The coffee industry has a big waste problem, but in Bristol, one innovative roastery is doing things differently – building a business from things sent to the scrapheap
Dave Faulkner has spent a lot of time in skips. In fact, he built his business – Bristol-based Extract Coffee Roasters – on stuff other people had thrown in them. Scrap metal and wood became tables, a neglected bike was refashioned into a coffee blender.
Extract’s four roasters (one of which is Betty, pictured below) were all rescued from the scrapheap. Repurposing other people’s junk was a necessity in the beginning. “We started the business with little money,” says Faulkner. “We didn’t have the budget to buy lots, so we looked around for what we could get for free. You won’t believe the things people throw away.”
Even though Extract is now an established business with a team of 36, the philosophy of salvaging raw materials from scrap has never been lost. For its London training centre, which opened in 2018, Faulkner built the bars from the wooden floor of a shuttered pub.
Restoring the vintage roasters was a time-consuming task. “We got our big roaster, Bertha, (pictured at start of article) from Bosnia,” explains Faulkner. “She’d been sat outside for a couple of years and was pretty derelict. We spent four years restoring her.” Betty, Extract’s 1950s vintage roaster, was found wasting away in Wales. “She’s now the heart and soul of our business.”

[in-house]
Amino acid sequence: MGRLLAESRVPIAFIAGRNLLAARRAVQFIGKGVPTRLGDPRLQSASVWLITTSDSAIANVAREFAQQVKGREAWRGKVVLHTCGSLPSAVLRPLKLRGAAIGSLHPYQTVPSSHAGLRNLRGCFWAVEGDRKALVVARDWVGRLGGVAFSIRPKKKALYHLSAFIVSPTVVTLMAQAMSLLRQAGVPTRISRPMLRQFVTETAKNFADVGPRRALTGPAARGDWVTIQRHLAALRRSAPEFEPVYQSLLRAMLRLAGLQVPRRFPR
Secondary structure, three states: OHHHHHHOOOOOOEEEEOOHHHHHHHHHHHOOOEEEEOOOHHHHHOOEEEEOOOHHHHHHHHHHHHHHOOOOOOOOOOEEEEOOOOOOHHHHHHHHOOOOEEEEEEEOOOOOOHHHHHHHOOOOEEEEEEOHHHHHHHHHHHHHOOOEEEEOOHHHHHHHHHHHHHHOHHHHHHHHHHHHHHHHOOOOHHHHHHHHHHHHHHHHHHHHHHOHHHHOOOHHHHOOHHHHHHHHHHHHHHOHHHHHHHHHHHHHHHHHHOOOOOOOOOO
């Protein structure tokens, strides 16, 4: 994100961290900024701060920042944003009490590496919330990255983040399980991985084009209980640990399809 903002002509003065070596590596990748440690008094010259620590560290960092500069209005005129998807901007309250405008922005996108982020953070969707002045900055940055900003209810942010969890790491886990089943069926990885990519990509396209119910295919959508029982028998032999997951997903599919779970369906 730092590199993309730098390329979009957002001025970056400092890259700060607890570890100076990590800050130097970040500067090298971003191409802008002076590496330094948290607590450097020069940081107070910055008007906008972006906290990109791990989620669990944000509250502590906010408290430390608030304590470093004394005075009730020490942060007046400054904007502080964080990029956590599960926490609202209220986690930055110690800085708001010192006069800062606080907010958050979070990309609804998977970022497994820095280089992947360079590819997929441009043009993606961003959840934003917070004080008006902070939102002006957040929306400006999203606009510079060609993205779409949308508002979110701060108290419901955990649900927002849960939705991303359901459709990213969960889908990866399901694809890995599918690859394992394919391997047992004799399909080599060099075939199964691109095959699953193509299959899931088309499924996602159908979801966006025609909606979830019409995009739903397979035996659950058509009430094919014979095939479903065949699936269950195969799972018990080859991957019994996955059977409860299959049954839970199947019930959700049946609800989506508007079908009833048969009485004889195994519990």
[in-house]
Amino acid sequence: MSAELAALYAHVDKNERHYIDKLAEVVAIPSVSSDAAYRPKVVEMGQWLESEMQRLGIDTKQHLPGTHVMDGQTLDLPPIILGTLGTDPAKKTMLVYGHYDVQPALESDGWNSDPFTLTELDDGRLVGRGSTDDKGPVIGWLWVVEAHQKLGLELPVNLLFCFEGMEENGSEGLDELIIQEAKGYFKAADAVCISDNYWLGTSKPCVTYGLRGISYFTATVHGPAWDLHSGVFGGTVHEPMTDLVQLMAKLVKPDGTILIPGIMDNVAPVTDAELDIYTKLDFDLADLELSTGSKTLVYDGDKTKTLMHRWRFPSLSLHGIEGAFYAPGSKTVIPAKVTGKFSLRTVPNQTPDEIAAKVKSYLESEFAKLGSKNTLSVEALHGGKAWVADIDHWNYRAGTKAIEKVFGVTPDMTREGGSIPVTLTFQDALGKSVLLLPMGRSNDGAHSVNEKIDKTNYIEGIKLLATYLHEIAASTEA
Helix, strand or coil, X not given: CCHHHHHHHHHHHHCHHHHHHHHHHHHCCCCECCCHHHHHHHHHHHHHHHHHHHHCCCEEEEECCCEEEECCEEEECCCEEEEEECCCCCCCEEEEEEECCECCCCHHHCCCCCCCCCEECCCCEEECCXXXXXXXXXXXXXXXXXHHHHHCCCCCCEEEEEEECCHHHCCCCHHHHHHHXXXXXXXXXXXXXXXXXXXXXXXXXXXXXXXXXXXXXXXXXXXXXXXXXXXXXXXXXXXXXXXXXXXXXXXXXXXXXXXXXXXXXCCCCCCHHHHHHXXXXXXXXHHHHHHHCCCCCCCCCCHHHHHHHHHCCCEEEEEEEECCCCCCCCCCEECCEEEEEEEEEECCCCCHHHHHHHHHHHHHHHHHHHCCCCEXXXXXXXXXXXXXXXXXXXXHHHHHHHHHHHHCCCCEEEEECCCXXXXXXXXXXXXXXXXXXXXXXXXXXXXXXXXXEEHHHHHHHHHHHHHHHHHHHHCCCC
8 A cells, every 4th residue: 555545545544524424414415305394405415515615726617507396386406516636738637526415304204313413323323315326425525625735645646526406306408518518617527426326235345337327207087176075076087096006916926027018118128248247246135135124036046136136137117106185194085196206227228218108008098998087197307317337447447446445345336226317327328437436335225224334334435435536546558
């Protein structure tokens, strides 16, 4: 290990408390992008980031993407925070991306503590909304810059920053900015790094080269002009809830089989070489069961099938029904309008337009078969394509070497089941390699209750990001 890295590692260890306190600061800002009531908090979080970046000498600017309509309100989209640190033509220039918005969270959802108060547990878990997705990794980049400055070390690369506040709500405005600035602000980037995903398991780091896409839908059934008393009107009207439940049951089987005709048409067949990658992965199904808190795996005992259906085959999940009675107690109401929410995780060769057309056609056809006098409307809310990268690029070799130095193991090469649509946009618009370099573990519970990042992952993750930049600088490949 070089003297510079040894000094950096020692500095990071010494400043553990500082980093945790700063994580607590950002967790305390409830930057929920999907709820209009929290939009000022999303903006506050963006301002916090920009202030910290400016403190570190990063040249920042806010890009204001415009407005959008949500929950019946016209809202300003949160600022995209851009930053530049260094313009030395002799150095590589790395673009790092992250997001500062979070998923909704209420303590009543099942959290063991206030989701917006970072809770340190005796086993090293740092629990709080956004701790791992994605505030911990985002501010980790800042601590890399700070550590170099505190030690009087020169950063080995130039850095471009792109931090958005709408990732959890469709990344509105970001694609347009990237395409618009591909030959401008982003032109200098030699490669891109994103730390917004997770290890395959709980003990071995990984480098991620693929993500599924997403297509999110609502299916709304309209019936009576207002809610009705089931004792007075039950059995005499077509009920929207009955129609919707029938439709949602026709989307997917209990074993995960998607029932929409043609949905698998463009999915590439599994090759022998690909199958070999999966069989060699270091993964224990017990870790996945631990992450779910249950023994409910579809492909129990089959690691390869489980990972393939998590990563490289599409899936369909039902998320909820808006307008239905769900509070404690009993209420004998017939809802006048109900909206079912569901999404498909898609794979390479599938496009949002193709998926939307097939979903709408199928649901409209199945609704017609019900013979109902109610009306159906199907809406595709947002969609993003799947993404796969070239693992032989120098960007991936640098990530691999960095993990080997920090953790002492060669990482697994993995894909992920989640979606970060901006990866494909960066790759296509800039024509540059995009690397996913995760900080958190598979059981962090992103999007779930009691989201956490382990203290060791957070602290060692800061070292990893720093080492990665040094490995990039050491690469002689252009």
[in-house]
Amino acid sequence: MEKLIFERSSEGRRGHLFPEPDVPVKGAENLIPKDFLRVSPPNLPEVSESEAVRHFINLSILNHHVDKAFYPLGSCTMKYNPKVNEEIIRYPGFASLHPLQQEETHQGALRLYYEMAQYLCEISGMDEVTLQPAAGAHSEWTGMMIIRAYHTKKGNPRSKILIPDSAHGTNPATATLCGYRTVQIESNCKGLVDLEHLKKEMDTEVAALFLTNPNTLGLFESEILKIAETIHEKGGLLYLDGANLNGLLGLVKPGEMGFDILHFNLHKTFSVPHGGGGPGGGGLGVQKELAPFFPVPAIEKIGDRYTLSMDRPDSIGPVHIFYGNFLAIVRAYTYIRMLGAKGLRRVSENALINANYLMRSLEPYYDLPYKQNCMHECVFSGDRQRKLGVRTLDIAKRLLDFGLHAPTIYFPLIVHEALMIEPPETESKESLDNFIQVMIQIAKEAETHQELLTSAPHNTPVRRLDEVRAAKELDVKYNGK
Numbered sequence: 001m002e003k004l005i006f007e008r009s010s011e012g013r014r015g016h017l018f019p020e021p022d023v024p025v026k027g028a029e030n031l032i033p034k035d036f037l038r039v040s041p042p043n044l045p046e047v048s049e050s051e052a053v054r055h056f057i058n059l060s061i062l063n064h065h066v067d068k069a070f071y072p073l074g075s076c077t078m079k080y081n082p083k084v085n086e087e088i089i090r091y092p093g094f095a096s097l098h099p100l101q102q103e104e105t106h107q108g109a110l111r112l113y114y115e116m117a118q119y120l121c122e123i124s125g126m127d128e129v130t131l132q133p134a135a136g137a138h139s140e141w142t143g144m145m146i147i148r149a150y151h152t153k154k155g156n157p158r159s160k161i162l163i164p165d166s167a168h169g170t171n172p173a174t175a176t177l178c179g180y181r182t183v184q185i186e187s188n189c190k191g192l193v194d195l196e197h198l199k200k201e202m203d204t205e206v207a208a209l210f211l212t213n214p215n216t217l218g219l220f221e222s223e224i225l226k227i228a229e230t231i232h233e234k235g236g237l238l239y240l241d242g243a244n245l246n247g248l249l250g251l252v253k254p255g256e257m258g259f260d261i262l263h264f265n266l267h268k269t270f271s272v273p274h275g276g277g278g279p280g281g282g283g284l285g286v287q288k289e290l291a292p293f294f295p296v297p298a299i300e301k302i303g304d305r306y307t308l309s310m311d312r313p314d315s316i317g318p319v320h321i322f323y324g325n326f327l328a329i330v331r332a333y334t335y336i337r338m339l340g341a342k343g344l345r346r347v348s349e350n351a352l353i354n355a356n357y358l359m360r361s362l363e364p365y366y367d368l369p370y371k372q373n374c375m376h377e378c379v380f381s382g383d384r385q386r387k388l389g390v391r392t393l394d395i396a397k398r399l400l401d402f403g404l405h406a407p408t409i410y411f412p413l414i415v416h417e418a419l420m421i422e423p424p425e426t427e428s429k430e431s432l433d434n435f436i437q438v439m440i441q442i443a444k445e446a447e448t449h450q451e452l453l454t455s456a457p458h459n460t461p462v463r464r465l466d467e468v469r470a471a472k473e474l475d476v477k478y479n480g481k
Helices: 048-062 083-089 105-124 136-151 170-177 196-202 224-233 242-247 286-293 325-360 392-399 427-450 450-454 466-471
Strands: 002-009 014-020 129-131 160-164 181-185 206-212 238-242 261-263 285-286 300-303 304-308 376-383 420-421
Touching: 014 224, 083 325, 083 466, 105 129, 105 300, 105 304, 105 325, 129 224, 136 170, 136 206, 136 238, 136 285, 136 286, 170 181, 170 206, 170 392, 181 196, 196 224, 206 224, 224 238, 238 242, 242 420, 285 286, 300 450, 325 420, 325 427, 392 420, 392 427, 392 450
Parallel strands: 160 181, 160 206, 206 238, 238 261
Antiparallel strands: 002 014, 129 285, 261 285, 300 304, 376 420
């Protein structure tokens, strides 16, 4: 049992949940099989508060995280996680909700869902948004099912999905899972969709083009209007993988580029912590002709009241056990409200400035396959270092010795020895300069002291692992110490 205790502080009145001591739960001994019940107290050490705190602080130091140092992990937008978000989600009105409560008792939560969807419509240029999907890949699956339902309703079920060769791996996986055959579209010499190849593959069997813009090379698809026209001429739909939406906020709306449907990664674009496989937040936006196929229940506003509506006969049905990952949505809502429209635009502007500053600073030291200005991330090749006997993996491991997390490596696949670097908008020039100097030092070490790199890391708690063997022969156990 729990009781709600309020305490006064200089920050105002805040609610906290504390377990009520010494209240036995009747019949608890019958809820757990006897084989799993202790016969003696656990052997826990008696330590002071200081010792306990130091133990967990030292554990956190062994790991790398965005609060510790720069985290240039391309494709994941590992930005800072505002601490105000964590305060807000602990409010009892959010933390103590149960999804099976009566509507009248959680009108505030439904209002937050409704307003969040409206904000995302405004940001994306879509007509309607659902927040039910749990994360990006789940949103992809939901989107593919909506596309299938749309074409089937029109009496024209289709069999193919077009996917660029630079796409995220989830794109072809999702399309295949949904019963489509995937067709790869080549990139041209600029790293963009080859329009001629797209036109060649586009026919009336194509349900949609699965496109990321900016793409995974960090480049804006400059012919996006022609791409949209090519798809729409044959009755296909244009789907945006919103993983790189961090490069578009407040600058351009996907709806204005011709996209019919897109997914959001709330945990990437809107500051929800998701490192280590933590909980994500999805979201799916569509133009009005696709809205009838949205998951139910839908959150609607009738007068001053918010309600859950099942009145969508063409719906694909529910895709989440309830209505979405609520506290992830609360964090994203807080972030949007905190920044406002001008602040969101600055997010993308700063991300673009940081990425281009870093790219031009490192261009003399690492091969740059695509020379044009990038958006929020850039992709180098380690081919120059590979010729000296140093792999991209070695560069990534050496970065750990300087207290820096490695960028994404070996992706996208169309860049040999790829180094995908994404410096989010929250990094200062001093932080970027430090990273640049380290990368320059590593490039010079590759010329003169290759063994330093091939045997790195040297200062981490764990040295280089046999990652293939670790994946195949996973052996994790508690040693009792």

Extract’s coffee roasters have been retrofitted with the kind of technology you’d expect from a modern machine. “The saying, ‘they don’t build them like they used to’, is definitely true of the old roasters,” explains Faulkner. “If they’re looked after they will outlive us.”
Extract receives its ethically sourced coffee beans in hessian sacks. Though the bags are biodegradable, Extract reuses them. “We donate them to animal shelters, which use them for bedding,” says Faulkner. “It’s not just about sourcing ethically; we believe in doing our bit to operate ethically here in the UK too.”
Much of Extract’s own waste is recycled. Organic matter, such as coffee chaff and grounds, are turned into biofuel by another Bristol-based company called GENeco, which uses it to power its vehicles and supply the National Grid. “They collect our organic waste and put it through an anaerobic digestion process,” says Faulkner. “This gives them compost and methane.”